As energy resources have gradually become more limited and more expensive, proper maintenance of industrial equipment has become a significant yardstick in measuring competitiveness and environmental impact.
For a long time, the status quo with regard to industrial maintenance involved ignoring the asset (equipment, machinery or infrastructure) as long as it was functional in order to maximise productivity.
While this provided savings in the form of reduced maintenance expenses, low early asset replacement costs and revenue from continued production, it ensured that energy usage was significantly increased. A good example of this is the offshore wind turbine gearbox. Given its size and proximity to other wind turbine components, performing maintenance actions such as repair or replacement have proven quite difficult and expensive. This incentivises wind turbine operators to keep the gearbox running well past the point of maintenance.
How do we ensure effective maintenance of industrial assets?
We can ensure adequate maintenance through effective asset integrity management. Asset integrity refers to the ability of an asset to perform its intended functions while protecting the wellbeing of all personnel, equipment and environment it interacts with. Asset integrity management, simply put, is the system put in place by organisations to ensure asset integrity.
Asset integrity management as a discipline has come a long way since its emergence in the ’80s. Initially, it involved performing maintenance activities after a fault or failure has been discovered, also known as corrective maintenance. Over time, as operators began to search for better approaches, it evolved into time-based maintenance, which involves activities performed at pre-determined intervals to avoid failure. This strategy, however, was discovered to be quite expensive as maintenance is usually performed when it’s not needed and, in some cases, compromises the asset’s performance even more. For example, if an offshore production equipment is taken onshore for testing, this inherently costs extra money in the form of maintenance costs and puts a strain on overall production. For this reason, multiple industries have moved more toward performing maintenance activities based only on the condition of an asset, widely referred to as condition-based maintenance (CBM).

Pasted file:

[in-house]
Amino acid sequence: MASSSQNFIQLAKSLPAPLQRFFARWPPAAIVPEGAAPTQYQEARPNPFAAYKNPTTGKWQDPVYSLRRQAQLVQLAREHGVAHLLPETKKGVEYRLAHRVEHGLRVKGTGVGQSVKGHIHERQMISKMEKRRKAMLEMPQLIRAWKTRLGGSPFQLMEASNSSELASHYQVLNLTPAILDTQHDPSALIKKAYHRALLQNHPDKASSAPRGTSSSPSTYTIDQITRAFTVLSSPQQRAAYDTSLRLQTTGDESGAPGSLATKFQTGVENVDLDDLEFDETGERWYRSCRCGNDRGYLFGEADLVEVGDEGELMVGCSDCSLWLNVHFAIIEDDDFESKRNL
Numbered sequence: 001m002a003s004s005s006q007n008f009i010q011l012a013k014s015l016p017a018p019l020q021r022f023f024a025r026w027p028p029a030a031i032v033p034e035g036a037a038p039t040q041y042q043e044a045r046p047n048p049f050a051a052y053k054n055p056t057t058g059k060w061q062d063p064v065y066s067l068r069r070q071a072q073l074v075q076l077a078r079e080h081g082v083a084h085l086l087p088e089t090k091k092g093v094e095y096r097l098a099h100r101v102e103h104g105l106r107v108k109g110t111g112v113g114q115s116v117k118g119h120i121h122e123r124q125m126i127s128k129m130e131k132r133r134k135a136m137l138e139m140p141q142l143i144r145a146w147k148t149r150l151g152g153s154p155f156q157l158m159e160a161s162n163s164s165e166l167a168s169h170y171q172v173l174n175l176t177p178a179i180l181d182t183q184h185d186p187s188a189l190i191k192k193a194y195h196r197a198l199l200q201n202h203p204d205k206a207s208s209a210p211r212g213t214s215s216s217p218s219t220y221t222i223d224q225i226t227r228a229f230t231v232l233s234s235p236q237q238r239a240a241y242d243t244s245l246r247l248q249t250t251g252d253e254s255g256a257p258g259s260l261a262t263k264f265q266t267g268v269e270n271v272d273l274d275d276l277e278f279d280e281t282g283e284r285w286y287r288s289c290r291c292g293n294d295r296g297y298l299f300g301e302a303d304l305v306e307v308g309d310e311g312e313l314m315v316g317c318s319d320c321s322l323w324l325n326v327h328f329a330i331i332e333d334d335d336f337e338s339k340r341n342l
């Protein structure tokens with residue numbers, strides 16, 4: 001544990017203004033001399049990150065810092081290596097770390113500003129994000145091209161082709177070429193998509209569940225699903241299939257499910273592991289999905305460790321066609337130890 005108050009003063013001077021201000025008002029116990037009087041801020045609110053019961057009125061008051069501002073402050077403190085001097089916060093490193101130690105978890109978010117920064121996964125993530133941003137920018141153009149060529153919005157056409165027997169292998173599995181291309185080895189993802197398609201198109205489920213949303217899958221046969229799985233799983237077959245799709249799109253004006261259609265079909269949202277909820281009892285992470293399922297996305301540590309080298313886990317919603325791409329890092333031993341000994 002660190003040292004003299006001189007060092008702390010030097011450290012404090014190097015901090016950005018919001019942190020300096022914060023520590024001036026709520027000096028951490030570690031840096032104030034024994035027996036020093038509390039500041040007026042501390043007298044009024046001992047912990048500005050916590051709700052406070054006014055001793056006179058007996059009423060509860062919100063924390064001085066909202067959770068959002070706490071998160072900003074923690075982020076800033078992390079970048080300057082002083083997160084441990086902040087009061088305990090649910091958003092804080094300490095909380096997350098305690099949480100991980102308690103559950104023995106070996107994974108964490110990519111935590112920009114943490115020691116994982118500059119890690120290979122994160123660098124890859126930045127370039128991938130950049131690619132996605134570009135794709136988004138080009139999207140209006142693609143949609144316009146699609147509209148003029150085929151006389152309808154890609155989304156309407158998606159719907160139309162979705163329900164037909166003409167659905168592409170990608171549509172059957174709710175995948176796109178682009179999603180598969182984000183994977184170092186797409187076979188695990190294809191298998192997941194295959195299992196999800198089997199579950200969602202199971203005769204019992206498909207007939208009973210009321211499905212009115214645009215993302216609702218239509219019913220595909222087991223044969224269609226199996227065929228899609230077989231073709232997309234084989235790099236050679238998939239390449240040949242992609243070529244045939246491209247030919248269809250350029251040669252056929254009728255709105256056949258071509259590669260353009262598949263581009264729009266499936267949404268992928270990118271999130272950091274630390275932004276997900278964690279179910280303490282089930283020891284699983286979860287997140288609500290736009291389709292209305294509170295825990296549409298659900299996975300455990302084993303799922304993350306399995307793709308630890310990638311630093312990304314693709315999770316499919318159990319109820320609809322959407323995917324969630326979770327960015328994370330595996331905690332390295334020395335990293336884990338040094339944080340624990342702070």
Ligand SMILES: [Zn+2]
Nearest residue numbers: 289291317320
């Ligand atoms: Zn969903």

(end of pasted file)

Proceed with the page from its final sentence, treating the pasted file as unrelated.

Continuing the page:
CBM has been adopted at different levels within different industries. While it is more established in non-renewable energy, automotive and aerospace industries, it is in its infancy in emerging industries such as offshore oil and gas and offshore wind energy.
Asset Integrity and Energy Efficiency
While the CBM strategy has grown in popularity and use over time, energy consumption is an important aspect that requires more consideration. The amount of energy consumed by any asset depends on how much wear it has experienced, and this can vary over time. Energy Efficiency (EE) is one of the major contributors to environmental sustainability and should therefore be considered a key performance indicator for the CBM strategy. Energy efficiency simply means the ability to perform any design, production, maintenance or decommissioning activity with less amounts of energy in order to eliminate waste and save money. Energy efficiency measures set out by the European Union cut across all phases of the energy value chain from production and industrial use to final consumption in buildings. Integrating EE into CBM can be done using a metric known as the energy efficiency index (EEI), which is defined as the amount of energy that has to be consumed in order to produce one useful output unit.
The conventional metrics for determining an asset’s condition include its level of degradation and productivity. The case can be made for including EEI due to a number of advantages it has over the conventional metrics. Firstly, given that the overall aim of asset integrity management is to ensure adequate performance while protecting life, equipment and environment, EEI can be suitably applied as a measure of fulfilment of strategic business goals, as it is easier to translate into financial and environmental terms. Secondly, technology and systems for monitoring energy performance are readily available and are easier to install, maintain and retrieve information from.
Energy efficiency is recognised as one of the pillars of the Sustainable Energy for All initiative by the UN. It is therefore critical that it be integrated into the asset management process within different industries through CBM.
Trilateral Research is exploring different areas of research within the energy efficiency field. For example, as part of the EC-funded EERAdata project, we are addressing the challenge of gathering evidence on the impacts of investments in energy efficiency in the context of European building stock, in an effort to promote its integration in the policy-making process. The future outlook of this project sees a wider adoption of energy efficiency both at the development and operating phases of the asset lifecycle.
As part of our commitment toward research and innovation within the energy and climate domain, Trilateral is participating in the European Green Deal proposals. If you are interested in collaborating, please contact our team.